Utah plastic surgeon gave children saline solutions instead of COVID vaccines in fraud scheme, prosecutors say

The surgeon, two of his employees and a neighbor have been charged in connection with the plan.

(Wilfredo Lee | AP) A man holds a vaccination reminder card after receiving his first dose of the COVID-19 vaccine. A Midvale plastic surgeon and four other people were charged on January 11 for allegedly providing fraudulent vaccination cards to people who had not received doses of vaccine.

A Midvale plastic surgeon and three other Utahns were charged with conspiracy last week after prosecutors said they dumped nearly 2,000 doses of COVID vaccine down a drain, handed out fake vaccination cards – and, at the request of some parents, injected saline into children to convince them the young patients that they have been vaccinated.

dr Michael Kirk Moore Jr., 58, reportedly directed the program from the Plastic Surgery Institute of Utah, located at 7535 Union Park Ave. along with two other institute employees – Kari Dee Burgoyne and Sandra Flores. Moore’s third co-defendant, Kristen Andersen, is his neighbor, according to court records.

Andersen and Moore were both members of an unnamed private organization “that seeks to ‘free’ the medical profession from government and industry conflicts of interest,” according to court documents.

Investigators say Moore initially signed an agreement with the Centers for Disease Control and Prevention in May 2021 to distribute COVID-19 vaccines and vaccination cards from the plastic surgery practice. Moore and Burgoyne then ordered “hundreds” of COVID-19 vaccine doses from the CDC between May 2021 and September 2022, court documents say.

As the first doses arrived at the practice, Moore and Burgoyne informed people looking for a fraudulent vaccination card that they could obtain a completed card from the Midvale practice without actually receiving vaccine doses if they paid $50 in cash or donate $50 to the private organization of which Andersen and Moore were members.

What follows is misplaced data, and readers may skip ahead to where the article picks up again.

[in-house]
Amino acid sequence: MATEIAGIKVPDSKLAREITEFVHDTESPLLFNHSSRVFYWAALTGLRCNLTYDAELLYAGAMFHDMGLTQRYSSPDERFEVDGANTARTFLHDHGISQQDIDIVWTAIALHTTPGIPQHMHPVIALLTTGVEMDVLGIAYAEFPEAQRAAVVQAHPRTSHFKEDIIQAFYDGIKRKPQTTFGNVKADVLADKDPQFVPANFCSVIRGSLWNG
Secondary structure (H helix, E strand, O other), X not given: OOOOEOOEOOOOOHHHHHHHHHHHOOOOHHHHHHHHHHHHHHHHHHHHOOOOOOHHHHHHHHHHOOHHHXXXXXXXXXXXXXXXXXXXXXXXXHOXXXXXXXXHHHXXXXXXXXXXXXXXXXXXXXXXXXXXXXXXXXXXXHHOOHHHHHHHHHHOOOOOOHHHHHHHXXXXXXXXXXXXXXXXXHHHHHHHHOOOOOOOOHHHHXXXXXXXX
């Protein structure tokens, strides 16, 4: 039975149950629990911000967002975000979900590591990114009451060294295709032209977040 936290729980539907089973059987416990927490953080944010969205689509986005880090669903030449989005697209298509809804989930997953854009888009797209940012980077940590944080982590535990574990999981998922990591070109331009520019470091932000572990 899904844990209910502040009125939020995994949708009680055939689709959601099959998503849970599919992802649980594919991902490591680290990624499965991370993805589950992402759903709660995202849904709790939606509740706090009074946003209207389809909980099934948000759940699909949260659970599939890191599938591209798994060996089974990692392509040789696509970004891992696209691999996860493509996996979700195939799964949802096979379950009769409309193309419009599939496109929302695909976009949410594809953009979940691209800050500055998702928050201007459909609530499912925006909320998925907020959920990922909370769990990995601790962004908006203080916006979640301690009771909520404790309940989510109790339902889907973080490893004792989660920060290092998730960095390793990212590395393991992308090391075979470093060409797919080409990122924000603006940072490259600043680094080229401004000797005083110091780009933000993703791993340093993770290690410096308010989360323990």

Burgoyne managed the day-to-day logistics of the program, the documents said, and referred people interested in acquiring fake vaccination cards to Andersen. Andersen then screened everyone referred to them and demanded that they provide the name of someone else who had already given the practice a fake vaccination card.

Once the person was verified, Andersen would give them a link to the privates organization to which she and Moore belonged and are requesting a donation of US$50 from them per person for each vaccination “appointment” to obtain a fake vaccination card.

People then picked up the cards at the doctor’s office, where Flores and other staff filled out and stamped the cards to falsely indicate the patients had been given doses of vaccine, investigators said.

Some of the people looking for fake vaccination cards were parents and in some cases they wanted fake vaccination cards for their children. In such cases, Moore, Burgoyne and Flores gave children saline shots at the parents’ request to make them believe they had been vaccinated, court documents say.

Burgoyne would then upload the names of all alleged vaccine recipients to the Utah Statewide Immunization Information System — falsely reporting that the practice had administered 1,937 vaccine doses, including 391 Pfizer pediatric doses. That amounts to about $28,028 worth of actual vaccine doses, which the defendants allegedly drew from bottles with a syringe and injected down a drain, the documents say.

The scheme was uncovered after an undercover agent went through the process of acquiring a fraudulent vaccination card from the practice in March 2022, investigators say.

This month, after the agent completed the verification process and was told to pick up the fake vaccination card at the office, a second agent attempted to purchase a fake vaccination card.

When the second agent received his fake card, the agent asked Flores if his children could also receive a similar COVID-19 vaccination card. In response, Flores wrote on a Post-it note that “we do saline at 18 and under,” the court filings said.

In total, the value of the fraudulent CDC vaccination cards plus the doses of vaccine dumped was $124,878.50 in government property, according to court documents.

All four defendants and the Plastic Surgery Institute of Utah were charged with three counts: conspiracy to defraud the United States; conspiracy to convert, sell, transfer and dispose of state property; and the conversion, sale, transfer and disposition of government property, as well as aid and assistance.

Moore, Burgoyne, Andersen and Flores will appear in court for the first time on January 26 at 2pm

https://www.sltrib.com/news/2023/01/19/utah-plastic-surgeon-gave-kids/ Utah plastic surgeon gave children saline solutions instead of COVID vaccines in fraud scheme, prosecutors say

Justin Scacco

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